Home PC News Luminar and Intel’s Mobileye team up to develop a fleet of robo-taxis

Luminar and Intel’s Mobileye team up to develop a fleet of robo-taxis

Lidar startup Luminar today announced a partnership with Intel’s Mobileye to collaborate on self-driving car development. As part of the agreement, Luminar says it will work with Mobileye to use the former’s lidar for its robo-taxi pilot and first-generation driverless fleet in regions around the world, including Tel Aviv, Dubai, Paris, and Daegu City.

Some experts predict the pandemic will hasten adoption of autonomous transportation technologies. Despite needing disinfection, driverless cars can potentially minimize the risk of spreading disease. In partnership with Moovit, the mobility-as-a-service startup Mobileye acquired in May for $900 million, Mobileye aims to build full end-to-end ride-hailing experiences with its Luminar lidar-equipped vehicles using Moovit’s mobility platform and apps.

Mobileye, which Intel acquired for $15.3 billion in March 2017, is building two independent self-driving systems. One is based entirely on cameras, while the second incorporates radar, lidar sensors, modems, GPS, and other components. It’s this second system Luminar will contribute its expertise and portfolio to.

In a step toward its ambitious robo-taxi service, Mobileye announced in July that German certification body TÜV Süd awarded it a recommendation for a permit to drive its autonomous vehicles on public roads in the country. Testing is ongoing in and around Munich, and by the end of this year Mobileye expects to scale open-road testing in other countries, including Israel, France, and South Korea.

Mobileye has previously demonstrated that its perception system can detect traffic lights and signs, enabling it to handle intersections fully autonomously. But it also relies on high-definition maps of transportation lines, light rail lines, and roads themselves captured by the company’s Road Experience Management (REM) technology. “Harvesting” agents, the Mobileye-supplied ADAS embedded in vehicles from automakers who agree to share data with the company, collect and transmit maps with driving path geometries and stationary landmarks around them. Software running within cars automatically localizes within the maps via real-time detection of recorded, stored, and annotated landmarks.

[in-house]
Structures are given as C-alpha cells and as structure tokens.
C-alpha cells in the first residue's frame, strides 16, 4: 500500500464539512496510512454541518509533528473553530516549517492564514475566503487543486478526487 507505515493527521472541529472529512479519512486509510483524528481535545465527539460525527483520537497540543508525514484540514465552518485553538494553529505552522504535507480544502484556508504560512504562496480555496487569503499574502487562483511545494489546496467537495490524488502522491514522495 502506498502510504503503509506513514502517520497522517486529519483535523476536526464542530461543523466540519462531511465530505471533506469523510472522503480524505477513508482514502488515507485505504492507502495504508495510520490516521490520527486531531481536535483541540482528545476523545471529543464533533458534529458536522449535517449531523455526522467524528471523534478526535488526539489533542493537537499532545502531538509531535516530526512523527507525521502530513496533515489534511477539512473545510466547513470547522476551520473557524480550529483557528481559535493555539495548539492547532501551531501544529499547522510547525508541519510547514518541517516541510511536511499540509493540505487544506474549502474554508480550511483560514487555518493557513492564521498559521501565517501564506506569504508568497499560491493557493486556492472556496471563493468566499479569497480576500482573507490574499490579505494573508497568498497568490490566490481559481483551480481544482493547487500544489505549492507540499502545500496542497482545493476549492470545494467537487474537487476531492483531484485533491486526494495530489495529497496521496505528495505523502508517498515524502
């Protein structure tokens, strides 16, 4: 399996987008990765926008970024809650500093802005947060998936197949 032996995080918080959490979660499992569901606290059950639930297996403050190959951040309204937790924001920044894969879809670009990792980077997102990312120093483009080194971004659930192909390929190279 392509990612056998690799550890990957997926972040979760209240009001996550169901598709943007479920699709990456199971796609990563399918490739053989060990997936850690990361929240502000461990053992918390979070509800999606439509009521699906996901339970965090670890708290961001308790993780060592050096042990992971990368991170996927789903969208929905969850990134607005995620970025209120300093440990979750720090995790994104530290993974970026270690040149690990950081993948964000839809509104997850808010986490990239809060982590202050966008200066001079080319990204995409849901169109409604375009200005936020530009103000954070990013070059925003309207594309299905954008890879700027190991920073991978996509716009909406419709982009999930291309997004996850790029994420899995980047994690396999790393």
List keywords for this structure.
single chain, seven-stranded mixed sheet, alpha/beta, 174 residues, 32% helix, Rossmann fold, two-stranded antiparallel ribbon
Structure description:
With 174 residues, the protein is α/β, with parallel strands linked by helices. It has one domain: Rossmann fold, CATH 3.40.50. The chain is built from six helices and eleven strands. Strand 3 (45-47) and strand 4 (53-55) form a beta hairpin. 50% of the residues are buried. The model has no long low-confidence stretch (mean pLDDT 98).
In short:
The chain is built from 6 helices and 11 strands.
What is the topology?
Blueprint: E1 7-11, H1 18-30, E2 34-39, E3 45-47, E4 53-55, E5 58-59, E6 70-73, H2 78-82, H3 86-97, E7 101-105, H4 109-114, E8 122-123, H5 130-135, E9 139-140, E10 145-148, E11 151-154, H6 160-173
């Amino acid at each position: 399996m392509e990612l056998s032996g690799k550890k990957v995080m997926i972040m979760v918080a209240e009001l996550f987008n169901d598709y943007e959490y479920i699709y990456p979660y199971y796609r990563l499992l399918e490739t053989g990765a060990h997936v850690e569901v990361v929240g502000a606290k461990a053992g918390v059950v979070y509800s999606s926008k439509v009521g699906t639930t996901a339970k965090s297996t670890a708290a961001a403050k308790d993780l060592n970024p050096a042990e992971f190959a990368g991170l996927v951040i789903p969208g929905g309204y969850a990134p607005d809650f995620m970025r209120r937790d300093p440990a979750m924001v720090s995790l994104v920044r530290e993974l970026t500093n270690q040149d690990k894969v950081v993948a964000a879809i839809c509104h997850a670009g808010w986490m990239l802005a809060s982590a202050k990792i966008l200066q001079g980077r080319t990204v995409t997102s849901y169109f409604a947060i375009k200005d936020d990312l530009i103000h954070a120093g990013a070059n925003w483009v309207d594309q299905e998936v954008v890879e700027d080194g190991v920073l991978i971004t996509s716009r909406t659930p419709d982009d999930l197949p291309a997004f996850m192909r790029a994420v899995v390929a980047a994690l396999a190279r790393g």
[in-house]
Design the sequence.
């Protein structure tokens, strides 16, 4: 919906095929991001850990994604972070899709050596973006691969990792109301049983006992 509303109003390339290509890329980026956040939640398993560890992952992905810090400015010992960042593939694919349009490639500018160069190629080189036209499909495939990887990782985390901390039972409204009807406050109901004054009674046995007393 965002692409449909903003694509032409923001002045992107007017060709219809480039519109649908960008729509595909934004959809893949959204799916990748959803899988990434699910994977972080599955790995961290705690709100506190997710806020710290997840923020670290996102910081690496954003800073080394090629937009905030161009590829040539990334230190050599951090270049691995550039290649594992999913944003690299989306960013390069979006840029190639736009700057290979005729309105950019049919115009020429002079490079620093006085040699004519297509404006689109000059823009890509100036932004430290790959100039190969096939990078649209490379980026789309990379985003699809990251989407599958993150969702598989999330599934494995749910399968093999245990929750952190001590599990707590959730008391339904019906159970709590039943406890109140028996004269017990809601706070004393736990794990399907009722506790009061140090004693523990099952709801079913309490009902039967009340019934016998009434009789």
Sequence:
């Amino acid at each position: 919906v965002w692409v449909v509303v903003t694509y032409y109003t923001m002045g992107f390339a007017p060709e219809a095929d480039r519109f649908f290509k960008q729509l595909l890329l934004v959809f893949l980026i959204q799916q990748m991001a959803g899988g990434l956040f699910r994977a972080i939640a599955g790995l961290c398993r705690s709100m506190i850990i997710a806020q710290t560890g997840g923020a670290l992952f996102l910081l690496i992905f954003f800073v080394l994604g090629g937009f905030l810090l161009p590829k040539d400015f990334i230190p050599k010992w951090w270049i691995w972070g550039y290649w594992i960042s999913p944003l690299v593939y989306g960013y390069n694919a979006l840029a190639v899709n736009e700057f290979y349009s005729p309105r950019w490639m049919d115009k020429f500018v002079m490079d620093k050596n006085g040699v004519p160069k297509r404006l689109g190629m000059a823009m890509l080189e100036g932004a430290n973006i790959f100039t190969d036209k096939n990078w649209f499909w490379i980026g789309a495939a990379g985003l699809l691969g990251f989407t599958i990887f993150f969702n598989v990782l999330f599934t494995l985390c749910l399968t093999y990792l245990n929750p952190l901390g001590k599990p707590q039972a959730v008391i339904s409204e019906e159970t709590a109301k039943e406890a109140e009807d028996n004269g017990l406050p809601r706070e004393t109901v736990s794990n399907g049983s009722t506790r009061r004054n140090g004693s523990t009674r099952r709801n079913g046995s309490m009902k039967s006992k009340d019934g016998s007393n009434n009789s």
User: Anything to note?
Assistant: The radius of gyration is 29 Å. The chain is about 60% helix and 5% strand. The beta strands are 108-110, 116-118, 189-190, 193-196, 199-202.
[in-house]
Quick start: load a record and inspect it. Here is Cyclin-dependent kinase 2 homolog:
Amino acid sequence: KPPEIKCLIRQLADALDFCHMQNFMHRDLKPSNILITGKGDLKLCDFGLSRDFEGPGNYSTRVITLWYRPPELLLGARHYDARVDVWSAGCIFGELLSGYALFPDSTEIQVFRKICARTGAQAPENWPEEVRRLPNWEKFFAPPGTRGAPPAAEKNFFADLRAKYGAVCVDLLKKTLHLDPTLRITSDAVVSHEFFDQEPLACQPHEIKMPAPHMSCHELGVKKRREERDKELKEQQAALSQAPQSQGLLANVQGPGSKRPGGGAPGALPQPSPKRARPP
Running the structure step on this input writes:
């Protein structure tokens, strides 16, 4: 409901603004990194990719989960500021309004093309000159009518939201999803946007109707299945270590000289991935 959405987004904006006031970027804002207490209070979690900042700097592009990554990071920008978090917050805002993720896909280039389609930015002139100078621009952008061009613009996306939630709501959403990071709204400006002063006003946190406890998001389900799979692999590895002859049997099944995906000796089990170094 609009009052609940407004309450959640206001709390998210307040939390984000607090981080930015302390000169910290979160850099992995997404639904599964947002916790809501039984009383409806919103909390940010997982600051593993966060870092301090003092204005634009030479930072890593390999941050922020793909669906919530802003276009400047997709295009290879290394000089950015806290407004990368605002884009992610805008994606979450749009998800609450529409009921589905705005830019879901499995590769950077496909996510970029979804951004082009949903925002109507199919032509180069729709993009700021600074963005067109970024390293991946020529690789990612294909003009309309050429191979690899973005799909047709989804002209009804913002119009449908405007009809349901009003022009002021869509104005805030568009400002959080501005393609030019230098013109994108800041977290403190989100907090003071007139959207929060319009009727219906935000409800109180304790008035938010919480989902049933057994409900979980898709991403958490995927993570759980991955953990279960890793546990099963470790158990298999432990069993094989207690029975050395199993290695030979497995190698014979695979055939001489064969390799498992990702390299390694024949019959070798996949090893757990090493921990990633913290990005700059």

Mobileye is aiming to deploy robo-taxi fleets in three major cities by 2022, with the hardware cost per robo-taxi coming in at $10,000 to $15,000. By 2025, Mobileye is aiming to bring the cost of a self-driving system below $5,000. In the interim, the company plans to deploy dozens of vehicles with unrestricted travel between destinations in Israel, followed by a rollout across the country. This could potentially play out alongside the launch of a China-based service in partnership with Beijing Public Transport Corporation and Beijing Beytai.

Beyond Mobileye, Luminar, which recently filed to go public via a $3.4 billion special purpose acquisition company merger, has partnered with Volvo to integrate its Iris lidar platform into the roof of the automaker’s Scalable Product Architecture 2 (SPA2) vehicle platform, which is expected to launch in 2022. Iris bundles hardware and software into a single package and comes in two flavors. The first is a more technologically sophisticated version that powers hands-free “freeway autonomy,” while the second is a cheaper advanced driver-assistance system (ADAS) version that provides autonomous functions like emergency braking and steering.

Luminar previously worked with Autonomous Intelligent Driving (AID), Audi’s driverless technology spinoff and a supplier for Volkswagen Group brands like VW and Porsche, to outfit prototypical vehicles with object-detecting lidar sensors. The two firms have also tested fleets with forward vision systems powered by Luminar’s sensors. In addition to Audi and Volvo, Luminar says it is actively working with 50 automotive partners and 12 of the world’s 15 largest auto OEMs. It also claims 80 patents and a team of over 350 (including people who worked on Samsung’s now-dissolved DRVLINE/Smart Machines team) across Palo Alto, California; Orlando, Florida; and Colorado Springs, Colorado.


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